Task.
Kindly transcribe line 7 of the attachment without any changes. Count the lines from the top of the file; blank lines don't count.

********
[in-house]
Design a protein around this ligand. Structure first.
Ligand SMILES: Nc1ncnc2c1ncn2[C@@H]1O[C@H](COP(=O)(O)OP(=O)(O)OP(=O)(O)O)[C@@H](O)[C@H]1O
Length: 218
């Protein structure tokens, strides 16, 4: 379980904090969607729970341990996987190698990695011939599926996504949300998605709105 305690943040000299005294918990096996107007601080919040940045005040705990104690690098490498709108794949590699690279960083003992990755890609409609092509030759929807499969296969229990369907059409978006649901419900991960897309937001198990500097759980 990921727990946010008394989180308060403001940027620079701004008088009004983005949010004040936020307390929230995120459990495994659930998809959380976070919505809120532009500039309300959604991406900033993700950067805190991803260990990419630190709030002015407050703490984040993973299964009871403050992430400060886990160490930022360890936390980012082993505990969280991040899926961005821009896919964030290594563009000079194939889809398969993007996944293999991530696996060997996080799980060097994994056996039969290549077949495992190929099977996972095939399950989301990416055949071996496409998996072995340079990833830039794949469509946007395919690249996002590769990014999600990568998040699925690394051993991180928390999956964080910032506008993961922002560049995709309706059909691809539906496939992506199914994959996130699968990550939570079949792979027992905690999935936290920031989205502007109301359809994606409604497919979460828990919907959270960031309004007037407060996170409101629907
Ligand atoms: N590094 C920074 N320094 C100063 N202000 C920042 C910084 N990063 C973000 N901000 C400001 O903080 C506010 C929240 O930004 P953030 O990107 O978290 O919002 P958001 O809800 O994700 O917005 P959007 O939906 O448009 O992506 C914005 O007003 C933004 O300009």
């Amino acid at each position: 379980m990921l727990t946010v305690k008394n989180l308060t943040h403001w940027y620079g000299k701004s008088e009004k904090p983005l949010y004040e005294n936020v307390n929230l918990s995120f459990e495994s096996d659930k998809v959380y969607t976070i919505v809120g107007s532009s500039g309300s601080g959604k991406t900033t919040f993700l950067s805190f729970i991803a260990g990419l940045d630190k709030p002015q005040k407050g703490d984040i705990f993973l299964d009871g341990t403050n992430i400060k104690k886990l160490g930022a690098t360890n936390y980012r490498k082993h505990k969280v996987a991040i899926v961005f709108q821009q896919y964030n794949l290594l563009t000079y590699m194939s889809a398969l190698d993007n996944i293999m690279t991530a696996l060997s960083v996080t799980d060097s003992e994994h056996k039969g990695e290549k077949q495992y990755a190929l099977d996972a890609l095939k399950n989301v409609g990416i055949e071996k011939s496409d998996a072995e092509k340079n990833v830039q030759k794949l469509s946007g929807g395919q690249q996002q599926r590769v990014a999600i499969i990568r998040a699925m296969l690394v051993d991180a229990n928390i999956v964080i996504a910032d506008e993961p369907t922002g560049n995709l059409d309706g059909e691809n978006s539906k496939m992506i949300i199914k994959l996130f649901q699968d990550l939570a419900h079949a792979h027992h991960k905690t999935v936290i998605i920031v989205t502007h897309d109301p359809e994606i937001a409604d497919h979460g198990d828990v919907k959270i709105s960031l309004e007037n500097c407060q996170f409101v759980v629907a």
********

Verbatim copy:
């Amino acid at each position: 379980m990921l727990t946010v305690k008394n989180l308060t943040h403001w940027y620079g000299k701004s008088e009004k904090p983005l949010y004040e005294n936020v307390n929230l918990s995120f459990e495994s096996d659930k998809v959380y969607t976070i919505v809120g107007s532009s500039g309300s601080g959604k991406t900033t919040f993700l950067s805190f729970i991803a260990g990419l940045d630190k709030p002015q005040k407050g703490d984040i705990f993973l299964d009871g341990t403050n992430i400060k104690k886990l160490g930022a690098t360890n936390y980012r490498k082993h505990k969280v996987a991040i899926v961005f709108q821009q896919y964030n794949l290594l563009t000079y590699m194939s889809a398969l190698d993007n996944i293999m690279t991530a696996l060997s960083v996080t799980d060097s003992e994994h056996k039969g990695e290549k077949q495992y990755a190929l099977d996972a890609l095939k399950n989301v409609g990416i055949e071996k011939s496409d998996a072995e092509k340079n990833v830039q030759k794949l469509s946007g929807g395919q690249q996002q599926r590769v990014a999600i499969i990568r998040a699925m296969l690394v051993d991180a229990n928390i999956v964080i996504a910032d506008e993961p369907t922002g560049n995709l059409d309706g059909e691809n978006s539906k496939m992506i949300i199914k994959l996130f649901q699968d990550l939570a419900h079949a792979h027992h991960k905690t999935v936290i998605i920031v989205t502007h897309d109301p359809e994606i937001a409604d497919h979460g198990d828990v919907k959270i709105s960031l309004e007037n500097c407060q996170f409101v759980v629907a």